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Not even 20 minutes from Squamish is the trailhead to Elfin Lakes.  This 11km trail gains 2,000 feet of elevation through Garibaldi Provincial Park - half of it through the forest and half through Alpine meadows... think Heidi and the Sound of Music.  I swear I could have been in the Alps.  

The trail is an old road created to access Diamond Head Chalet which was built by two young Norwegian men (Ottar and Emil Brandvold) and a Canadian woman (Joan Matthews) in the 1940s.  Diamond Head chalet was the first high-altitude ski lodge in BC north of Vancouver - at this time people had to take a 4-hour ferry ride just to get to Squamish - this was followed by a train to Garibaldi station, and an overnight there before even beginning the hike in!!   Pretty cool.  I just started reading about these 3 people and find them fascinating - they were all competitive skiiers who met in a tournament in Banff... the three of them dreamed of creating a hut to hut system for hikers and skiiers throughout Garibaldi park... and went on to do so.  

Now if these people weren't cool enough already - Joan was also the first graduate in sculpture from the Vancouver School of Art.  They developed a rehabilitation program to have war veterans come up into the mountains to help build cabins with the main focus being on the men's mental and physical health.  They also adopted a local deer as their pet - "The only thing about that deer," laughs Ottar, "was that we could never train him not to get into our bed." After Joan and Ottar had two kids, Joan stayed down in Squamish more... but wasn't just a housewife - she became the chief ambulance driver for the area.... wow this woman is my hero.  To read the whole history of this area - check out this article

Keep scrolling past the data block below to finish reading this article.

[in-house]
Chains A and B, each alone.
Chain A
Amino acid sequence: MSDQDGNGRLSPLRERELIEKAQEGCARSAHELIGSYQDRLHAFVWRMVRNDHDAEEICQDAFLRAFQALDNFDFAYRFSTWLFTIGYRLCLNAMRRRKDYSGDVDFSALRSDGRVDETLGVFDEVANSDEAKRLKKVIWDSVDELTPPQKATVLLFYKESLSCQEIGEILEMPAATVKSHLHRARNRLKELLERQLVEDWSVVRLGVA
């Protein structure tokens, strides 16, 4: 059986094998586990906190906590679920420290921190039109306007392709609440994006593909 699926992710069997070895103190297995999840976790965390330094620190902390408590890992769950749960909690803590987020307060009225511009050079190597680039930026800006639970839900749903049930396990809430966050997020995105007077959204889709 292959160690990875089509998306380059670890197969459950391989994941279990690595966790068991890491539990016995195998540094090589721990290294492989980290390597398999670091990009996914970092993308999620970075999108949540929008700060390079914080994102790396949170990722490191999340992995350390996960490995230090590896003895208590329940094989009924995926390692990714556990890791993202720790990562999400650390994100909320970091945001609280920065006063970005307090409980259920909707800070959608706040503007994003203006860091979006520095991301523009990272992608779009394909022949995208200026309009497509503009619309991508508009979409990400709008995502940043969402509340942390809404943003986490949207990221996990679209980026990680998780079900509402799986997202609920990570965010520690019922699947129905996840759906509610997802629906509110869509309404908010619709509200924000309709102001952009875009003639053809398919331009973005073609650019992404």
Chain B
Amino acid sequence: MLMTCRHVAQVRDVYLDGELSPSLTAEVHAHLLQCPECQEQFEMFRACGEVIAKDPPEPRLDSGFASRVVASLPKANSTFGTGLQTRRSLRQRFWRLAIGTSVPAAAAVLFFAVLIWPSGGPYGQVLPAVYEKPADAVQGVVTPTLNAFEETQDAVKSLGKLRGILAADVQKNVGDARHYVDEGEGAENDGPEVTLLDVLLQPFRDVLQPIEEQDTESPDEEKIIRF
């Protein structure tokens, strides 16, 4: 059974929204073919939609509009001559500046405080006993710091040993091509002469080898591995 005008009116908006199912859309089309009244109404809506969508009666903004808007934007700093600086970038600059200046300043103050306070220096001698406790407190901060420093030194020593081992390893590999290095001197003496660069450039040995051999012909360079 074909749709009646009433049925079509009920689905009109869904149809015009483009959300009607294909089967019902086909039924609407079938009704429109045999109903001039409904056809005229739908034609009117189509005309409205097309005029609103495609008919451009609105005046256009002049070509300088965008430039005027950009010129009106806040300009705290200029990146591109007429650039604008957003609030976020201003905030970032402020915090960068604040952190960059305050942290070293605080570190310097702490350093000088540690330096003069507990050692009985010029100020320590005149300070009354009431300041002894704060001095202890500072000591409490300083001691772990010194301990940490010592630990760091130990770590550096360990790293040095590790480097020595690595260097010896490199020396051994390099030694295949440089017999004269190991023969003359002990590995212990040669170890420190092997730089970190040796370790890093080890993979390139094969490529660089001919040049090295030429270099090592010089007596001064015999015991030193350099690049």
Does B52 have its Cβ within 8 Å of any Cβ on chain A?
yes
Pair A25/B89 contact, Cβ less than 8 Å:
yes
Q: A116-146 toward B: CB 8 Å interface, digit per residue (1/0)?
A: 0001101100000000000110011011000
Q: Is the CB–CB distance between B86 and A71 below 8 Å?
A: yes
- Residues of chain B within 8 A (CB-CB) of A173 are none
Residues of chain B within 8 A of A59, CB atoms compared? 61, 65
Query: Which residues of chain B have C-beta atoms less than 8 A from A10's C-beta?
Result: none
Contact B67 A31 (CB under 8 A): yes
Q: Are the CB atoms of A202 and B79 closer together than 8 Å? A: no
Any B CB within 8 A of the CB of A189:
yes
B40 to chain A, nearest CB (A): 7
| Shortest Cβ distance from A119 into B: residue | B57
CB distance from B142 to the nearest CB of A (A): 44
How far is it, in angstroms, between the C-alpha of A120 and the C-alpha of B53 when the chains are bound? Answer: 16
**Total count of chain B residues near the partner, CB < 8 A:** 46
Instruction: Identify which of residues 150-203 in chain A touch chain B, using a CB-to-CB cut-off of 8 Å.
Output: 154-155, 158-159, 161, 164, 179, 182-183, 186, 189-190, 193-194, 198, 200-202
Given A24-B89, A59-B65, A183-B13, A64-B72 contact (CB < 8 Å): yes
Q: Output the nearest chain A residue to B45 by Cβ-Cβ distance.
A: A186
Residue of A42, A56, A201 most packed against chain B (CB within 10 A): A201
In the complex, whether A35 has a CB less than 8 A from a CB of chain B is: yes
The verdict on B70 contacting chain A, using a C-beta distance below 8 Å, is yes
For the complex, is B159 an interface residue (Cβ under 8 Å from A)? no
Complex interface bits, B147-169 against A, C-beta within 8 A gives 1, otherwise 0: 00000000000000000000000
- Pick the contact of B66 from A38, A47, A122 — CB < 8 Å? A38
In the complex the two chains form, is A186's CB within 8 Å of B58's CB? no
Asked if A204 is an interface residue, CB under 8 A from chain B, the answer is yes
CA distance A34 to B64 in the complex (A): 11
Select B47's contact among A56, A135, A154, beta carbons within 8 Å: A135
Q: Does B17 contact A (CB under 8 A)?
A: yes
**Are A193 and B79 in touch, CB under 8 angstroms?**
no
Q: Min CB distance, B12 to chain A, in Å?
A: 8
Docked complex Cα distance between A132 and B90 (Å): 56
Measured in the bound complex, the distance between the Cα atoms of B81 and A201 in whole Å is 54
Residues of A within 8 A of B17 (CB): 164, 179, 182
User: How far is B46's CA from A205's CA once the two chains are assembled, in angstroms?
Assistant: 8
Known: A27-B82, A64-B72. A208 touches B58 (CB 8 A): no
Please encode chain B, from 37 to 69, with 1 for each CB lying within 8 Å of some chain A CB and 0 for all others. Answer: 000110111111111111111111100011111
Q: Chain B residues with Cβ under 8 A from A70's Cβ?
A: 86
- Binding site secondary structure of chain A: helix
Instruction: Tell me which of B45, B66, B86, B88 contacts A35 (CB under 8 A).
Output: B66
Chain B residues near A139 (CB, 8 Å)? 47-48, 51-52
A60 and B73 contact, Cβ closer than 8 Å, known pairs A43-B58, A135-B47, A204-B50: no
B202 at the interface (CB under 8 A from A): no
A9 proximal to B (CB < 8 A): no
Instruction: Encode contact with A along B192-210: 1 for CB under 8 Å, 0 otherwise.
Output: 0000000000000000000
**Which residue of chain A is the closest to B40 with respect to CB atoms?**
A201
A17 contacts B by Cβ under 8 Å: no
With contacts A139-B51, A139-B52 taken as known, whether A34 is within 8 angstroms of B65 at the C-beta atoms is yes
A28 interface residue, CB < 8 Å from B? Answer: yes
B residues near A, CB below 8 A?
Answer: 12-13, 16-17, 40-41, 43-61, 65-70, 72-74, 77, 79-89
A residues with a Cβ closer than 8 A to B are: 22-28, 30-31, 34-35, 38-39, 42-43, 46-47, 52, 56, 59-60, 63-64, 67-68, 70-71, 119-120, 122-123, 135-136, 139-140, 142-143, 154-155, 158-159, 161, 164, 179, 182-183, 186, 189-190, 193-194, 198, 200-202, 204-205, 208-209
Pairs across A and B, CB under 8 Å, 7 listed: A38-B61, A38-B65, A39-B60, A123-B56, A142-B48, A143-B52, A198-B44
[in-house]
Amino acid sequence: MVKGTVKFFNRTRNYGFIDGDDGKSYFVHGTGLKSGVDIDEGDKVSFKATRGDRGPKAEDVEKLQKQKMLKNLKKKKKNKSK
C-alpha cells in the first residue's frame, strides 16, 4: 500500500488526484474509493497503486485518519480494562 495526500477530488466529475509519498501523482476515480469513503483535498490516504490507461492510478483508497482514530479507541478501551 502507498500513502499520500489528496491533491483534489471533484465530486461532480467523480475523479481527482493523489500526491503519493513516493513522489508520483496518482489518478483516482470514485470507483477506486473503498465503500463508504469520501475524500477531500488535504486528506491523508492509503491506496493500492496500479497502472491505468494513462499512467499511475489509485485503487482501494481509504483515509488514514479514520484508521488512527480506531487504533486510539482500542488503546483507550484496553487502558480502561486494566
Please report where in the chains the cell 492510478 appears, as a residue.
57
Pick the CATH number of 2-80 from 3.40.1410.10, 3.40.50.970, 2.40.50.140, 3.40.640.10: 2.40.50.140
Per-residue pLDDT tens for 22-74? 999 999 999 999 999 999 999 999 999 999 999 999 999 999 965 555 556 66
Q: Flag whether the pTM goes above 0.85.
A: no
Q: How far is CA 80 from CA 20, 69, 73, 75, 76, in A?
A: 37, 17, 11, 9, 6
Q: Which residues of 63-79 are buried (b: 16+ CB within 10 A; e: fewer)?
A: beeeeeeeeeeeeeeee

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Lava rock!
So back to the present.... Sonia and I hiked in early saturday - carrying all our gear for camping as we had heard this place was seriously popular and we expected the hut to be full up from people who hiked in on friday.  Not the case at all.  There were maybe 6 people staying there, but the campground was almost full.  After the hike in, we dropped off our stuff, and carried on for another 10km hike or so.  We wanted to go check out Opal Cone - which is some sort... of cone?  But we had to turn around after we hit a large, roaring creek with no easy way of crossing, and we couldn't see the trail on the other side.  I am still unsure if we actually saw Opal Cone or not... it is a Cascade Volcano responsible for 15km of dacite lava flow (sounds like this is a wrinkly rock ridge).  I think we must have seen this... oh well.   

We hiked back to the hut - jumped into the glacier cold lake, and cooked ourselves the most delicious steak and potato dinner.  Sonia even had a glass of red wine.  We sat on the porch and played crib watching the sun go down.... 

 


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